New Rule 151A

Discussion in 'Australian Motorcycles' started by Iain Chalmers, Jan 19, 2006.

  1. 4.34 Making new laws where existing laws suffice - New rule 151A

    It is common practice for law makers to "make redundant laws", that is,
    propose new laws (where present laws already suffice) without regard for
    existing laws. Although there are rules about making laws, it appears none
    specifically require the law makers to fully understand the issues or
    existing laws before making new laws. This has resulted in the cult belief
    that uninformed drafting of new laws (an inherent burden on the community)
    is recognised as acceptable behaviour of law makers.

    It is intended to impose the same behaviour on law makers as is already the
    case with other professionals, that is, understand the issues involved and
    the existing law, and only make new laws when necessary. If it can be
    demonstrated that new laws are required, an informed amendment proposal may
    be drafted. This submission is structured to demonstrate that this
    behaviour is not universally followed by the law making community.

    Impact: The submission is expected to point out the current behaviour of
    law makers, in that they are apparently able to make laws without
    understanding the issue and current law, where they are expected to become
    fully informed about the problem and whether its covered by existing laws
    and then only if required draft new laws that address the problem in
    careful balanced language without the need to resort to misleading
    statements and emotionally biased language. Although the extra work for law
    makers is expected to be minimal, opposition can be expected from some law
    makers as it involves a change in behaviour. Nevertheless, this parody
    points out that the general community expects a certain level of
    professionalism from its law makers.

    Costs: The costs imposed by this submission are those normally involved in
    publicly pointing out inadequacies in other peoples professional work,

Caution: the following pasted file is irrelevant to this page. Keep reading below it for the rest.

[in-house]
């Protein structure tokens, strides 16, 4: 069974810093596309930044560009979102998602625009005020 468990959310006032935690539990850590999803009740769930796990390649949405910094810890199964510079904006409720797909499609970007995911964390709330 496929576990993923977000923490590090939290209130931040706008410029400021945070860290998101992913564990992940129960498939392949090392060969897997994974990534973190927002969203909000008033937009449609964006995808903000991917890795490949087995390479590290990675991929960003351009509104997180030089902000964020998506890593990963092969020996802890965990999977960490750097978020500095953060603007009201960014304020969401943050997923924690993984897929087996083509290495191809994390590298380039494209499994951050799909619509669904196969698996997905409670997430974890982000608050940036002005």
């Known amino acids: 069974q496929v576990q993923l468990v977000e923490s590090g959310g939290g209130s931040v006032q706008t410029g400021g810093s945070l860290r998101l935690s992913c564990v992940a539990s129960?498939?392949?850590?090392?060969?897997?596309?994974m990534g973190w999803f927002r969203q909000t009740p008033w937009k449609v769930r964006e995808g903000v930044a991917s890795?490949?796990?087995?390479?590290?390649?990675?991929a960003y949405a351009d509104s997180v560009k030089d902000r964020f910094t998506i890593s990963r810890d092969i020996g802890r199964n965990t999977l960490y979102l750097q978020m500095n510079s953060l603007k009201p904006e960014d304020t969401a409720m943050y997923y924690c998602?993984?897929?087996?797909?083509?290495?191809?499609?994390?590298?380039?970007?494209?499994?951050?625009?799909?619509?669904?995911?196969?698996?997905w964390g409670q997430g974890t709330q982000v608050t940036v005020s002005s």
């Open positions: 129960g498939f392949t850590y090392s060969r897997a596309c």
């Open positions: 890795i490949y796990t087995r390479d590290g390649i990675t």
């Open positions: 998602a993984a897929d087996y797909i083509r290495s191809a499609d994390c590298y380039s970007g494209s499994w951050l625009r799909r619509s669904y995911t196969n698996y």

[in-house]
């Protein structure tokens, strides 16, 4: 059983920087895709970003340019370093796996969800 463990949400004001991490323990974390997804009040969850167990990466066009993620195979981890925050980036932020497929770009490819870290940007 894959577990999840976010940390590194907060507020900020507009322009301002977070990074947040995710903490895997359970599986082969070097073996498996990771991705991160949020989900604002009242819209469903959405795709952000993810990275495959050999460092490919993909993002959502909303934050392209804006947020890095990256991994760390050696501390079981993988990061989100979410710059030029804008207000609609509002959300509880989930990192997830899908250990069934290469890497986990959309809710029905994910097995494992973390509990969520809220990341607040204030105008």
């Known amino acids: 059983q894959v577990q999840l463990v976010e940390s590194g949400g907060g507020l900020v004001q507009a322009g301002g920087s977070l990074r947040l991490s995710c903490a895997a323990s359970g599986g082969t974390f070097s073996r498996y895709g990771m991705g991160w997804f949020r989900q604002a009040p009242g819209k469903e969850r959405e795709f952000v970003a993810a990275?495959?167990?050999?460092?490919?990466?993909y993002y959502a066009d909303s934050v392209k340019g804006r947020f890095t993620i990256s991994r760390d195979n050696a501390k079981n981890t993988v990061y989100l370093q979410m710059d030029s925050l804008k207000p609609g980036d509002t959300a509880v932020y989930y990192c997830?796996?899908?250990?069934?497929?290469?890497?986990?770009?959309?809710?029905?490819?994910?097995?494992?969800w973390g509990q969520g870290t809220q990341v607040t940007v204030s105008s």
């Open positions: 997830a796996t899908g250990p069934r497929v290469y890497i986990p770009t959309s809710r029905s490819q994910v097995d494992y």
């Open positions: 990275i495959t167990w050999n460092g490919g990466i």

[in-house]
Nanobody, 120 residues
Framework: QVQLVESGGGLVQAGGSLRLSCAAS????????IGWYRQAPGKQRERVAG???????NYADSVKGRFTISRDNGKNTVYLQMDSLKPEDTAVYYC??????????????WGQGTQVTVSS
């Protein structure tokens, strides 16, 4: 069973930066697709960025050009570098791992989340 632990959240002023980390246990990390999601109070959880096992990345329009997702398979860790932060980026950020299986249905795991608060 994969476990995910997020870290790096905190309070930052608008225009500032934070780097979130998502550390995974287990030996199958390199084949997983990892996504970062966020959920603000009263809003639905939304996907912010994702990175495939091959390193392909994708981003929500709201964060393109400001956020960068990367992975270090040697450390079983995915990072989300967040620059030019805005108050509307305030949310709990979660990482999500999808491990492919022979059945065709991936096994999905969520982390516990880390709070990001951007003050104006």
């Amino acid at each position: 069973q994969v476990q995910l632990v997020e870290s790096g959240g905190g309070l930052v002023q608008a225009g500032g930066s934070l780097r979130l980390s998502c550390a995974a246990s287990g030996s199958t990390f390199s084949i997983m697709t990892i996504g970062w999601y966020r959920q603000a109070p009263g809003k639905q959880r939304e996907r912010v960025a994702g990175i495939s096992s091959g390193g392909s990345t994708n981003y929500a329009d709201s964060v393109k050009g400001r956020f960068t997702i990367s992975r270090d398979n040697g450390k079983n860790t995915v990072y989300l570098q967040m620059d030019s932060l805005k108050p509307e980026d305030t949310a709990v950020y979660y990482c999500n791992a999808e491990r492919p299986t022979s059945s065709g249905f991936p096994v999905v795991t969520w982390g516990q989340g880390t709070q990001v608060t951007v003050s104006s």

education of people doing that work, and advice to the people responsible
    for overseeing and approving it. It is understood that this parody is part
    of the contemporaneous legislative review. Additional cost may also be seen
    in minimal time delays for law makers becoming informed about issues and
    laws. However it is not possible to quantify a monetary value, as it is not
    possible to estimate how many law makers currently draft laws without
    adequate research, and how many will continue to do so after reading this

    Benefit: The benefits are to achieve a self consistent set of laws that the
    community will respect and abide by, which will assist in reducing unlawful
    behaviour. Furthermore, a general reduction in redundant laws is expected
    which will benefit not only the law makers, but also his/her family and the
    community in general when presented with, yet again, another poorly thought
    out road rule amendment.
    Iain Chalmers, Jan 19, 2006
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  2. Note: I didn't actually send this parody to the NTC, on the grounds that
    its levity may reflect badly on my two serious submissions.

    Of course if anyone _else_ feels like sending it to them without
    attributing it to me... :)

    Iain Chalmers, Jan 19, 2006
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  3. Iain Chalmers

    alx Guest

    darn... already sent off my submission...goes something like this..." youse
    lot is all a bunch of wankers, please do give up your day job..."
    alx, Jan 19, 2006
  4. Iain Chalmers

    Rich Sawkins Guest

    I'll get my wife to submit it if no one else has already ?
    Rich Sawkins, Jan 20, 2006
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